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This 2013 anthology of the British synth pop group Visage is essentially an expanded edition of 1983's Fade to Grey: The Singles Collection. In 1993, it was rebranded under its current title Fade to Grey: The Best of Visage with the addition of two more tracks ("Love Glove" and "Fade to Grey [Bassheads 7" edit]"), both of which have been jettisoned from the 2013 version, along with the fantastic new romantic album cover and a handful of other tracks. So what makes the updated set noteworthy? Well, there are a couple of BBC versions of "The Anvil" and "Can You Hear Me?" and dance mixes of the sleek "Mind of a Toy," the guitar-heavy "We Move," and their early post-disco single "Frequency 7."
When they recorded the follow-up to their surprisingly successful debut, the members of Visage appeared to be dealing from a position of strength. But the dance club-fueled, style-obsessed new romantic movement that had propelled the group to success in England was already crumbling, and frontman Steve Strange had begun to take his role as the movement's figurehead a little too seriously. The Anvil, rumored to be the subject of a multi-million dollar feature film (a project that never materialized), emphasizes Strange's penchant for melancholy and melodrama.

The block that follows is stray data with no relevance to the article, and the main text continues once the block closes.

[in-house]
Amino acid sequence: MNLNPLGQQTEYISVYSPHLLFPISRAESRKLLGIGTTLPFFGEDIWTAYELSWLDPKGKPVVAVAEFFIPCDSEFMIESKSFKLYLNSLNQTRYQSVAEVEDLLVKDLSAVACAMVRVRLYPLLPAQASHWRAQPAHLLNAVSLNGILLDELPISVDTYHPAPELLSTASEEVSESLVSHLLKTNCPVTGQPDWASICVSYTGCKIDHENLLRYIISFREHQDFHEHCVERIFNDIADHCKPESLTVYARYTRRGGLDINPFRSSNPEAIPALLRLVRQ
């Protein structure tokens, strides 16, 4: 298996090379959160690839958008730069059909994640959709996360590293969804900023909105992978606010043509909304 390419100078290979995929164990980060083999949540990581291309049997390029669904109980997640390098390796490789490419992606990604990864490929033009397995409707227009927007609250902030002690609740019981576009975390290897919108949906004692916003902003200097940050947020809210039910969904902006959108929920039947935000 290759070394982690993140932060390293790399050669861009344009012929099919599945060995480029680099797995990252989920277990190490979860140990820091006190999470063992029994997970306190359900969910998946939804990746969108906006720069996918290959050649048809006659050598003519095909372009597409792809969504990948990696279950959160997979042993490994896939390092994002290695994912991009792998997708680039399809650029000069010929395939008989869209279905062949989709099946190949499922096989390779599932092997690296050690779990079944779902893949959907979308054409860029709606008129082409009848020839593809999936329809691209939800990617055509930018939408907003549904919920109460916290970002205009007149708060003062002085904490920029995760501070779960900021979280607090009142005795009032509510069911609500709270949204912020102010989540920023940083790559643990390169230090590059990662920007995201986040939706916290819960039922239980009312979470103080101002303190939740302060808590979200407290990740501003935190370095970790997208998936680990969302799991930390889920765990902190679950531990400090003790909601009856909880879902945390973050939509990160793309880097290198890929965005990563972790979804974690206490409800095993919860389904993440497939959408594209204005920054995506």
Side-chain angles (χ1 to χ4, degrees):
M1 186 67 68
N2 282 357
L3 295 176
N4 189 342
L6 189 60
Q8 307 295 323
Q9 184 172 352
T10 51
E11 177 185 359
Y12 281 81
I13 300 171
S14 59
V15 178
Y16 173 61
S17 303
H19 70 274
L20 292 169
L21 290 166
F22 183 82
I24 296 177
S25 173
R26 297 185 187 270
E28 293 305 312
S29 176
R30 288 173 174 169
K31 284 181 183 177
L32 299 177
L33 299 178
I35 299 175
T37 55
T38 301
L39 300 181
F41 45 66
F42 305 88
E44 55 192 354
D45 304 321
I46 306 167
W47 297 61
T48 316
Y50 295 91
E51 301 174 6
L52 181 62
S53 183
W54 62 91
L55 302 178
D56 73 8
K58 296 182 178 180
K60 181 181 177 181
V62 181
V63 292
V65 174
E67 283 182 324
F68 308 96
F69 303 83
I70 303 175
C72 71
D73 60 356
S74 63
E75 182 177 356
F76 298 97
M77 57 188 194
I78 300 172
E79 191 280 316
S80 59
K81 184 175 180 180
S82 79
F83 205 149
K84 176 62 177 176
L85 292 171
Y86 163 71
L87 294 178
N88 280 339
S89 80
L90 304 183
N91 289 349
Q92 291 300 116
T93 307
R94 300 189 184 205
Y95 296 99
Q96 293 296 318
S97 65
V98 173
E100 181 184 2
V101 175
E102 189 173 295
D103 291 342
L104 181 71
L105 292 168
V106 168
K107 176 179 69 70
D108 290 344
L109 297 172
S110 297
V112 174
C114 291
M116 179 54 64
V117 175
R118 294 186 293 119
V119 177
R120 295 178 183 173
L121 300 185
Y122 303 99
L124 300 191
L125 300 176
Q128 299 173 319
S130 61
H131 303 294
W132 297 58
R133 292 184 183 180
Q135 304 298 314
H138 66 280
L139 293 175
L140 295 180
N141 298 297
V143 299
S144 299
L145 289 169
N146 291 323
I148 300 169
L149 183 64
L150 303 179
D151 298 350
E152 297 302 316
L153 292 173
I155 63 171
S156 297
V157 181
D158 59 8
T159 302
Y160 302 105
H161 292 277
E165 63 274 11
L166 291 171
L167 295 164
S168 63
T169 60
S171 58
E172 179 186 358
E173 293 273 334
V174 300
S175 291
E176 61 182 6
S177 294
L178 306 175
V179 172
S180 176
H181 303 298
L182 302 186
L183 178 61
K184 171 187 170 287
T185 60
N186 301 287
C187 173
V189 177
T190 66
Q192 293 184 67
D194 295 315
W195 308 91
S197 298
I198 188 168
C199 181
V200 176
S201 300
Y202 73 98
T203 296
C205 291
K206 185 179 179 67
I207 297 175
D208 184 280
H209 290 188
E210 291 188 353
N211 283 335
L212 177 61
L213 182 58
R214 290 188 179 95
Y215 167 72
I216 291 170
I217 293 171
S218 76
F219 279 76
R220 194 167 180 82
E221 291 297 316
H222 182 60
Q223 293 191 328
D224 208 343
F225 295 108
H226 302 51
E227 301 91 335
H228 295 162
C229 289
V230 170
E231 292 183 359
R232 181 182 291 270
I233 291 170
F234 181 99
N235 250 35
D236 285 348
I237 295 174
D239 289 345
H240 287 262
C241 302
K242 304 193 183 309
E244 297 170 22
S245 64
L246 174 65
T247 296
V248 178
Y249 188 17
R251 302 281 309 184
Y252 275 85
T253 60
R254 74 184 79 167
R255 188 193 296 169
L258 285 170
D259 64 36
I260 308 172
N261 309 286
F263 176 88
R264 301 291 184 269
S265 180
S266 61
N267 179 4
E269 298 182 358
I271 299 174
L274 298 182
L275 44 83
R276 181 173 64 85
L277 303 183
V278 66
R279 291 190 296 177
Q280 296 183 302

With apologies to Spandau Ballet, Ultravox, and even Duran Duran, this is the music that best represents the short-lived but always underrated new romantic movement. That's fitting, because Visage's frontman, Steve Strange, was the colorfully painted face of the movement, just as this album was its sound. Warming up Kraftwerk's icy Teutonic electronics with a Bowie-esque flair for fashion, Strange and the new romantics created a clubland oasis far removed from the drabness of England's early-'80s reality – and the brutality of the punk response to it. And no one conjured up that Eurodisco fantasyland better than Visage, whose "Fade to Grey" became the anthem of the outlandishly decked-out Blitz Kids congregated at Strange's club nights.
Although Visage existed largely in the shadow of their more popular sister group, Ultravox, they nevertheless became one of the defining groups of the New Romantic movement with their synth pop classic, "Fade to Grey." After weathering several personnel changes, Visage released their final album, BEAT BOY, in 1984, to muted commercial and critical response. While not reaching the mesmerizing heights of their earlier work, the album shows the band branching out into a more live-rock sound, incorporating guitars and drums along with their more familiar synth washes and electronic pulses.